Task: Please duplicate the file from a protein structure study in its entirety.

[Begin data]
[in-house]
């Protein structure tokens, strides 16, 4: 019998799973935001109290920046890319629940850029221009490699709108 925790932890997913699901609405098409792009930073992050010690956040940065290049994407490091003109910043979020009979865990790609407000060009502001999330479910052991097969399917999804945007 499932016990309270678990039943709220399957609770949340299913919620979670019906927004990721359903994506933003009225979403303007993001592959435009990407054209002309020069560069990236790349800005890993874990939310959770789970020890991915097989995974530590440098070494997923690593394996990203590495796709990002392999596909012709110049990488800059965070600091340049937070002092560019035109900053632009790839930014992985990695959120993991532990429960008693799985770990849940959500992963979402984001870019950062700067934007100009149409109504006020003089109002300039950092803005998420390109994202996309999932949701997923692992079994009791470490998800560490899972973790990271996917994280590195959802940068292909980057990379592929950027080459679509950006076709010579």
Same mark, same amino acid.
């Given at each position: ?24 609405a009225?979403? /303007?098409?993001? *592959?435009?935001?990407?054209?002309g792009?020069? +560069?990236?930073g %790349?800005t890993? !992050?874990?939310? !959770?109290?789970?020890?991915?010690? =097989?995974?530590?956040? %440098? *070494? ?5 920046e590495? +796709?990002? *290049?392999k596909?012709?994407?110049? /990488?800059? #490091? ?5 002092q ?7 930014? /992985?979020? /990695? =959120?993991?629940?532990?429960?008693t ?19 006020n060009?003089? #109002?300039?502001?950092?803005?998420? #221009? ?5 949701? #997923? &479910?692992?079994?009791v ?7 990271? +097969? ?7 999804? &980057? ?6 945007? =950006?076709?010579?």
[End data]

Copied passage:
[in-house]
């Protein structure tokens, strides 16, 4: 019998799973935001109290920046890319629940850029221009490699709108 925790932890997913699901609405098409792009930073992050010690956040940065290049994407490091003109910043979020009979865990790609407000060009502001999330479910052991097969399917999804945007 499932016990309270678990039943709220399957609770949340299913919620979670019906927004990721359903994506933003009225979403303007993001592959435009990407054209002309020069560069990236790349800005890993874990939310959770789970020890991915097989995974530590440098070494997923690593394996990203590495796709990002392999596909012709110049990488800059965070600091340049937070002092560019035109900053632009790839930014992985990695959120993991532990429960008693799985770990849940959500992963979402984001870019950062700067934007100009149409109504006020003089109002300039950092803005998420390109994202996309999932949701997923692992079994009791470490998800560490899972973790990271996917994280590195959802940068292909980057990379592929950027080459679509950006076709010579």
Same mark, same amino acid.
């Given at each position: ?24 609405a009225?979403? /303007?098409?993001? *592959?435009?935001?990407?054209?002309g792009?020069? +560069?990236?930073g %790349?800005t890993? !992050?874990?939310? !959770?109290?789970?020890?991915?010690? =097989?995974?530590?956040? %440098? *070494? ?5 920046e590495? +796709?990002? *290049?392999k596909?012709?994407?110049? /990488?800059? #490091? ?5 002092q ?7 930014? /992985?979020? /990695? =959120?993991?629940?532990?429960?008693t ?19 006020n060009?003089? #109002?300039?502001?950092?803005?998420? #221009? ?5 949701? #997923? &479910?692992?079994?009791v ?7 990271? +097969? ?7 999804? &980057? ?6 945007? =950006?076709?010579?």